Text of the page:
I don’t want Sean to talk to me.
I don’t want Sean to ask me out.
I don’t want Sean to kiss me. After all, that would be incredibly unpleasant…ahem.
If I was trying to get rid of my obsession with Sean*, those would be the thoughts I’d use to combat the urge to daydream about him. I actually wrote in my journal weeks ago that I was done with him. I wrote that I was letting him go and moving on.
But that hasn’t actually happened. I don’t want to be done with Sean, I don’t want to let him go, and I don’t want to move on. I’ve put too much time into our fantasy relationship. And, unfortunately, I’m being both facetious and serious.
Saying Goodbye to the Sean Saga?
Perhaps you feel like you’ve been reading “The Sean Saga” for many of my recent posts. But after five-ish years of crushing on Sean (yes, for real) and not receiving any sign of mutual liking, I had had enough. At least I said I had had enough.
I claimed that my obsession with him was over. I said he was simply too immature for the kind of relationship I wanted. I told myself that I didn’t want him anymore. But inside, I still wanted him very, very much.
Sean was like the item on my wish list that I kept asking for year after year. I realized that I would never get the item and that the item wouldn’t actually make me content. But I still wanted the item, so I kept putting it on my wish list. Why did I want him so badly?
A Fuller Life
I hope he does something really awful so I can stop thinking about him.
I hope he starts dating someone else so I lose hope that I’ll be his someday.
I hope he gets a job somewhere else so I can forget about him.
Unfortunately, my resolve not to crush on Sean—and these “hopes” that our circumstances would change—didn’t make me stop wanting him. He didn’t do anything repulsive, he didn’t start dating anyone, and he didn’t move away for another job. So what would make me stop obsessing about a fantasy?
Delight yourself in the Lord; and He will give you the desires of your heart. (Psalm 37:4 NASB)
I know what you’re probably thinking. No, I’m not saying that Sean will ask me out if I delight myself in God. That’s absolutely not what I’m saying.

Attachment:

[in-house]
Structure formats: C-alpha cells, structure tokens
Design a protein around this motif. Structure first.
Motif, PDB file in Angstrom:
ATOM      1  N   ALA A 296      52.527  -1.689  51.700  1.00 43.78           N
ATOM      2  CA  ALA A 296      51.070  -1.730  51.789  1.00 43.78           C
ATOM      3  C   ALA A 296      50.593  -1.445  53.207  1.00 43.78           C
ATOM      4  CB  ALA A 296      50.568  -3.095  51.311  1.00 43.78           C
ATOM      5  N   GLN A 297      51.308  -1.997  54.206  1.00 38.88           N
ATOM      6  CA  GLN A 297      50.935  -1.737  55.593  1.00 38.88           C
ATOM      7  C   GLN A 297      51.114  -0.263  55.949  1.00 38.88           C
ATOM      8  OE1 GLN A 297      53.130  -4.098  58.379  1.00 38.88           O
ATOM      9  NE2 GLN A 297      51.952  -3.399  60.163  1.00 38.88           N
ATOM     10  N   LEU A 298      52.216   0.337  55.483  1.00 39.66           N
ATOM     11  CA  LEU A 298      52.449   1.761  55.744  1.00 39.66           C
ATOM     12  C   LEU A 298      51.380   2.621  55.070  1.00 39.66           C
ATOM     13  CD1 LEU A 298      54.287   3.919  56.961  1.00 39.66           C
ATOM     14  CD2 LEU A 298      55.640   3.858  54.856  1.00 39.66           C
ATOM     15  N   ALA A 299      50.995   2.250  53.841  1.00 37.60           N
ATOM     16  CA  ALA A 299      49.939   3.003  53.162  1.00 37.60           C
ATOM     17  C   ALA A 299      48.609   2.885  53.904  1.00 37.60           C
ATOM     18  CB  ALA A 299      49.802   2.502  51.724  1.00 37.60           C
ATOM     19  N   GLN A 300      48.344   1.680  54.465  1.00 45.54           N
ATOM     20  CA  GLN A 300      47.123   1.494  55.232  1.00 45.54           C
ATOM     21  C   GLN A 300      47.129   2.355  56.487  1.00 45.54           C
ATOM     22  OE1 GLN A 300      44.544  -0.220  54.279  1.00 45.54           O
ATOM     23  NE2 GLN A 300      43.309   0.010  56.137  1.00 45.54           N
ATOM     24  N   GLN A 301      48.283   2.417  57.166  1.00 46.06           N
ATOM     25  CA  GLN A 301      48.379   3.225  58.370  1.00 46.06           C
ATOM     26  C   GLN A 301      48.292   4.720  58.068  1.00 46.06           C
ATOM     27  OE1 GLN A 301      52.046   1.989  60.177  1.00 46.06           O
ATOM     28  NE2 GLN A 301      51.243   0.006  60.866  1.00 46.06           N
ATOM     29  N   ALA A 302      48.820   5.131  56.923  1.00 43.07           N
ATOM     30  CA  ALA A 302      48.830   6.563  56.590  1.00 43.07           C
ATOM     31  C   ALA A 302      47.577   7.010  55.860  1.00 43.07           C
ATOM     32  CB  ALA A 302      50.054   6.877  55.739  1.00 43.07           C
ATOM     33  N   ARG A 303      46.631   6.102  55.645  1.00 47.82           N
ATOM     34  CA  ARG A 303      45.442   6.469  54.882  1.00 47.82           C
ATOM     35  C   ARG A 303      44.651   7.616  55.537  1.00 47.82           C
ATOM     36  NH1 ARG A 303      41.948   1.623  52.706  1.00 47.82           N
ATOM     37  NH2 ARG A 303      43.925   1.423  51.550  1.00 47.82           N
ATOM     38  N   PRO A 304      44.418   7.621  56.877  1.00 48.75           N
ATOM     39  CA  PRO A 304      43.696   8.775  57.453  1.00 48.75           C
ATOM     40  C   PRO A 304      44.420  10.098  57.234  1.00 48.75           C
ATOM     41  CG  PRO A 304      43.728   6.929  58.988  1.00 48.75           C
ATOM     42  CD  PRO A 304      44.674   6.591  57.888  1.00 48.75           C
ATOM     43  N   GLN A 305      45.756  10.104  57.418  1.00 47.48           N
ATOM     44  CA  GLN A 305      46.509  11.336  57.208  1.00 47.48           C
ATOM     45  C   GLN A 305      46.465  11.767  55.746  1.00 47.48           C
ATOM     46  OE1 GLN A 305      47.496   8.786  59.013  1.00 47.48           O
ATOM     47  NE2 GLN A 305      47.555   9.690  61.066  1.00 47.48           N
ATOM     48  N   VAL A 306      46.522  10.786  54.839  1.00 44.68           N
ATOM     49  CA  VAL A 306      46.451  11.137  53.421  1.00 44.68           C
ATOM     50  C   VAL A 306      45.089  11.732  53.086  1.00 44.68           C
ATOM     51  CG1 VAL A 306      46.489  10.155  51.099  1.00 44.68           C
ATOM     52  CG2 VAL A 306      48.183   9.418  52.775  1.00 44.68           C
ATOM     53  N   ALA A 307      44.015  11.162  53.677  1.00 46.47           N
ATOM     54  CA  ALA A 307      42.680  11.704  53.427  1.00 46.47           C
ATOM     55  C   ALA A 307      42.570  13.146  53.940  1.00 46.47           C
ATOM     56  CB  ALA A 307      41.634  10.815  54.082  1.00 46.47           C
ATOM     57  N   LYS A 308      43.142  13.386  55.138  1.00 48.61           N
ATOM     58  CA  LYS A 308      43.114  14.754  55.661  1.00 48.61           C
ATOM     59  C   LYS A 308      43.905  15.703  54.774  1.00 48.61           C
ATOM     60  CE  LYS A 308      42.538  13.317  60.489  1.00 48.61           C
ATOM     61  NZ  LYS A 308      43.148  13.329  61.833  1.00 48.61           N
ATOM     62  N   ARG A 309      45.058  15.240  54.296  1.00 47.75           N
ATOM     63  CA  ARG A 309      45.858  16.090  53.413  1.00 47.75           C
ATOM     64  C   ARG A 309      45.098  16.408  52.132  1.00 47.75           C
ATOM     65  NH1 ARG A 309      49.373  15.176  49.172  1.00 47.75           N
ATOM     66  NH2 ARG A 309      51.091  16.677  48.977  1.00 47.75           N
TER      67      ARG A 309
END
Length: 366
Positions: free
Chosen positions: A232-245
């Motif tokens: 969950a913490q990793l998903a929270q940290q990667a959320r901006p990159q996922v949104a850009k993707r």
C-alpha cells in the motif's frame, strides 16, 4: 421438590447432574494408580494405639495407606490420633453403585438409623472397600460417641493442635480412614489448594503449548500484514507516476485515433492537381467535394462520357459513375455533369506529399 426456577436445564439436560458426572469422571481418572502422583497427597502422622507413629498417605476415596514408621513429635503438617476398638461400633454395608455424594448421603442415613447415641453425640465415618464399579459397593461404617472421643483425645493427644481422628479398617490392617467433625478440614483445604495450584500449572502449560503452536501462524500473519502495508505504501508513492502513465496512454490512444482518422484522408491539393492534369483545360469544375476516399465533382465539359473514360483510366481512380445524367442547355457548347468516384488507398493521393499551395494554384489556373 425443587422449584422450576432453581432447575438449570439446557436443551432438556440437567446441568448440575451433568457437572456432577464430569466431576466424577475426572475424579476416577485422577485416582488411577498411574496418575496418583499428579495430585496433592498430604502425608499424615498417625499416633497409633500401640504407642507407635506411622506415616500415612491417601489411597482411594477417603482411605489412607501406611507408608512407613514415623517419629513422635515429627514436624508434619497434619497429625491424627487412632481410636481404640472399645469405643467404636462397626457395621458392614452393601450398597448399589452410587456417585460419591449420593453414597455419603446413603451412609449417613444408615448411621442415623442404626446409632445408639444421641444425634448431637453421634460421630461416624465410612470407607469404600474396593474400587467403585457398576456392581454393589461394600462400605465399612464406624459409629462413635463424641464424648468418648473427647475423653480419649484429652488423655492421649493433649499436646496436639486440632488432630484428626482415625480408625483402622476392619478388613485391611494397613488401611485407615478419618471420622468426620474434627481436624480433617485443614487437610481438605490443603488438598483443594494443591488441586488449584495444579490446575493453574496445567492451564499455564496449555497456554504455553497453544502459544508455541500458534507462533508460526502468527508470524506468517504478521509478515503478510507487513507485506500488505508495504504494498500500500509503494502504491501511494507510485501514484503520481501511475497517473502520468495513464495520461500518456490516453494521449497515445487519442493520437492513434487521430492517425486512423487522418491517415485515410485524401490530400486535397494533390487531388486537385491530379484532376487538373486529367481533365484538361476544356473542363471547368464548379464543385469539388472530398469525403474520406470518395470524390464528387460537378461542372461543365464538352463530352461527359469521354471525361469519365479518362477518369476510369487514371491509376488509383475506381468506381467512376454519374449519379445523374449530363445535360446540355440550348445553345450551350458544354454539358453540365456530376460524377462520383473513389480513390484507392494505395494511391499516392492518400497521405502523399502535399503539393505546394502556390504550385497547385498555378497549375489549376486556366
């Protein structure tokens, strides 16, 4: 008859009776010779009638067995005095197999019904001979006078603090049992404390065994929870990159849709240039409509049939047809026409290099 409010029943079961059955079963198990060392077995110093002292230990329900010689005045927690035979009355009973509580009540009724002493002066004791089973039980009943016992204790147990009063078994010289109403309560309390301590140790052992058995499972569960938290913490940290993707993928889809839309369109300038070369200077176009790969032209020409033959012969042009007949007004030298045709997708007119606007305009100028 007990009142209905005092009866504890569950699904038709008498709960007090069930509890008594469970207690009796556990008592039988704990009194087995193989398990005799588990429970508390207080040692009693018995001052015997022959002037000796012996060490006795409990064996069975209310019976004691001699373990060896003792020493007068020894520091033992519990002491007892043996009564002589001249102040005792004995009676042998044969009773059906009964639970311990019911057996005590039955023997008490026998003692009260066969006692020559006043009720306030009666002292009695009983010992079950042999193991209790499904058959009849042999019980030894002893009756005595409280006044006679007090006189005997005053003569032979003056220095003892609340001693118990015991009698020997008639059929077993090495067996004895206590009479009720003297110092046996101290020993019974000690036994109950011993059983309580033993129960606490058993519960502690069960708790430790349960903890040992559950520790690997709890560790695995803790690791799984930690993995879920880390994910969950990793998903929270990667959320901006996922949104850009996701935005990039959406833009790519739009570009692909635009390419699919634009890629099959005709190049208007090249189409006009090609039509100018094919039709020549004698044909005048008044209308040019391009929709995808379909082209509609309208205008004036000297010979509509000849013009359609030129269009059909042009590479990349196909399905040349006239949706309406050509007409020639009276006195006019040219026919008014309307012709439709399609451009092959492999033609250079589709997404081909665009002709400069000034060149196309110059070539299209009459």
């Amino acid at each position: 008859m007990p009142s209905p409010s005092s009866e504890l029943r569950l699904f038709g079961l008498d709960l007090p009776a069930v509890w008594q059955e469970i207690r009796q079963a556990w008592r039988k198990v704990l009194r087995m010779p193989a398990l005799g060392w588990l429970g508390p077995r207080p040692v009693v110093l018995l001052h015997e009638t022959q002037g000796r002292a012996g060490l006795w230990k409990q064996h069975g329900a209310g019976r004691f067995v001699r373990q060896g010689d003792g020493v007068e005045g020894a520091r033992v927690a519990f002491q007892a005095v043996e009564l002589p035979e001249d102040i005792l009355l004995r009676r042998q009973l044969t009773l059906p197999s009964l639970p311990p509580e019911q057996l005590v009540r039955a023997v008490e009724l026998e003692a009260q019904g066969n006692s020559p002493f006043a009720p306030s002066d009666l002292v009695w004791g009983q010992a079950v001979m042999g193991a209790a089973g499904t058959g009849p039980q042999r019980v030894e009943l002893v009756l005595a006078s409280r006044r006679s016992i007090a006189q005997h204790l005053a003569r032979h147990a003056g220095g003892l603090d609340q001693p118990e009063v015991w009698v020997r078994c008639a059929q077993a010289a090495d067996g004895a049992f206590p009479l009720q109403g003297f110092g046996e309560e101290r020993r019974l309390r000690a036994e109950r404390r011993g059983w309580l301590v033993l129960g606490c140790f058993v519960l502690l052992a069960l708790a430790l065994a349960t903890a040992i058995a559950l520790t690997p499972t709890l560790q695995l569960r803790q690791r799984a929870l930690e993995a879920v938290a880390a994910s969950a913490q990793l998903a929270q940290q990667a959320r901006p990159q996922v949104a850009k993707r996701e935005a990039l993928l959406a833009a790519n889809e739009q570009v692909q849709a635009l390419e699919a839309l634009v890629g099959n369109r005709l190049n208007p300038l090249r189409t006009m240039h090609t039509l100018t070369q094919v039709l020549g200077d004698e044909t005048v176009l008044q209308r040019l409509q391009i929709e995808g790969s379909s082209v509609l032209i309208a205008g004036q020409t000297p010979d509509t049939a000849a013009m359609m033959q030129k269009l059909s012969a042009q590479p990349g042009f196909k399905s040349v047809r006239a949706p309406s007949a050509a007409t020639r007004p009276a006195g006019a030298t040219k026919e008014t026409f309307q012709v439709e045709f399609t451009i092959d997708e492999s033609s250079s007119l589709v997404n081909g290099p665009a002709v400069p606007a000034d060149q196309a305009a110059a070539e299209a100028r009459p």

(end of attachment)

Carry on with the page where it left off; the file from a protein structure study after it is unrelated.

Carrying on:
As my counselor has told me about my eating disorder as I recover mentally, my world must expand in order for me to get better. She said I have to take advantage of more opportunities and fill my life with things besides anorexia so that my anorexia seems smaller. Somewhat similarly, my life has to become bigger so my obsession with Sean feels smaller.
So, by including Psalm 37:4 in this post, I encourage you to delight yourself in the Lord. Fill your life with Him. Because He knows exactly what you need to give you purpose in life.
What We’re Missing Out On
Yes, it’s completely normal to have hopes and dreams. But these hopes and dreams often occupy our energy and our time, whether it’s five minutes a day or five hours a day. We can’t let them control our lives.
For example, it’s not necessarily a sin to chase after your dream job, to yearn for a child, or to desire a change in ministry roles. But do you focus on your dream job more than your current job? Do you think about a new child more than you think about your current family situation? Do you daydream about a new ministry role more than your current ministry role?
If you think more about what-could-be than about what-is, it’s time to fill your life with the Lord and the opportunities He’s given you for the present.
I’m going to be transparent with you: I don’t want to stop liking Sean. He’s a great-looking guy with a great personality, and he’s fun to think about. But I can fill my life with other things besides fantasies of him. He doesn’t have to be my everything—and he shouldn’t be.
Fantasies aren’t realities for a reason. Thoughts and hopes for the future are fun to think about, but they’re not reality right now. By delighting ourselves in the Lord, our lives become filled with Him and His gifts for today. Don’t miss the opportunity to delight yourself in Him by dreaming about tomorrow.
*Name has been changed.